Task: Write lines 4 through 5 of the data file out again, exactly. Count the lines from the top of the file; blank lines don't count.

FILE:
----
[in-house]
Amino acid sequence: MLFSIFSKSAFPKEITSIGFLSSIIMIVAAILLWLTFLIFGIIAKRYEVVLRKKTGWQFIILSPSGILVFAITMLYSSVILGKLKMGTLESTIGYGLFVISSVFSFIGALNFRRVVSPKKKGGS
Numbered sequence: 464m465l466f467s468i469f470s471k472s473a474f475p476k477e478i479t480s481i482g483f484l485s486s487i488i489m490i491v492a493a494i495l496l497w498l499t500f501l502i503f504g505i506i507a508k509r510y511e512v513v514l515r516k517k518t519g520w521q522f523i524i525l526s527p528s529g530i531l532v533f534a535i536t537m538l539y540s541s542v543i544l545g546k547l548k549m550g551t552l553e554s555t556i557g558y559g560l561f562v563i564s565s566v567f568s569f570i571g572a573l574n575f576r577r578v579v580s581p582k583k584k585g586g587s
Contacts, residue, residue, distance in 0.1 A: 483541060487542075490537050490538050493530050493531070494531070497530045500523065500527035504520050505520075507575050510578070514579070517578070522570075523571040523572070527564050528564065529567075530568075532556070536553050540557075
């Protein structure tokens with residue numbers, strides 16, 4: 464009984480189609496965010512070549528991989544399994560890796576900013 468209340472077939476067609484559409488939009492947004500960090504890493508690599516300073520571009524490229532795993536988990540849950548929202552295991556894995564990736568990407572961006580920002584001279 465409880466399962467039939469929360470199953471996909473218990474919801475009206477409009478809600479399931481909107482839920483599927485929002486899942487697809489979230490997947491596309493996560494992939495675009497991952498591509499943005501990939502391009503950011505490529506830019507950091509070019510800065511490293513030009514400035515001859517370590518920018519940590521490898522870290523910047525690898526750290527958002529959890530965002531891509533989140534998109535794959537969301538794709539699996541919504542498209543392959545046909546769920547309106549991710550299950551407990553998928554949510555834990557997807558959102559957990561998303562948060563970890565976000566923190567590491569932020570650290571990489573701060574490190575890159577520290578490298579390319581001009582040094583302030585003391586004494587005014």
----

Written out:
Contacts, residue, residue, distance in 0.1 A: 483541060487542075490537050490538050493530050493531070494531070497530045500523065500527035504520050505520075507575050510578070514579070517578070522570075523571040523572070527564050528564065529567075530568075532556070536553050540557075
């Protein structure tokens with residue numbers, strides 16, 4: 464009984480189609496965010512070549528991989544399994560890796576900013 468209340472077939476067609484559409488939009492947004500960090504890493508690599516300073520571009524490229532795993536988990540849950548929202552295991556894995564990736568990407572961006580920002584001279 465409880466399962467039939469929360470199953471996909473218990474919801475009206477409009478809600479399931481909107482839920483599927485929002486899942487697809489979230490997947491596309493996560494992939495675009497991952498591509499943005501990939502391009503950011505490529506830019507950091509070019510800065511490293513030009514400035515001859517370590518920018519940590521490898522870290523910047525690898526750290527958002529959890530965002531891509533989140534998109535794959537969301538794709539699996541919504542498209543392959545046909546769920547309106549991710550299950551407990553998928554949510555834990557997807558959102559957990561998303562948060563970890565976000566923190567590491569932020570650290571990489573701060574490190575890159577520290578490298579390319581001009582040094583302030585003391586004494587005014």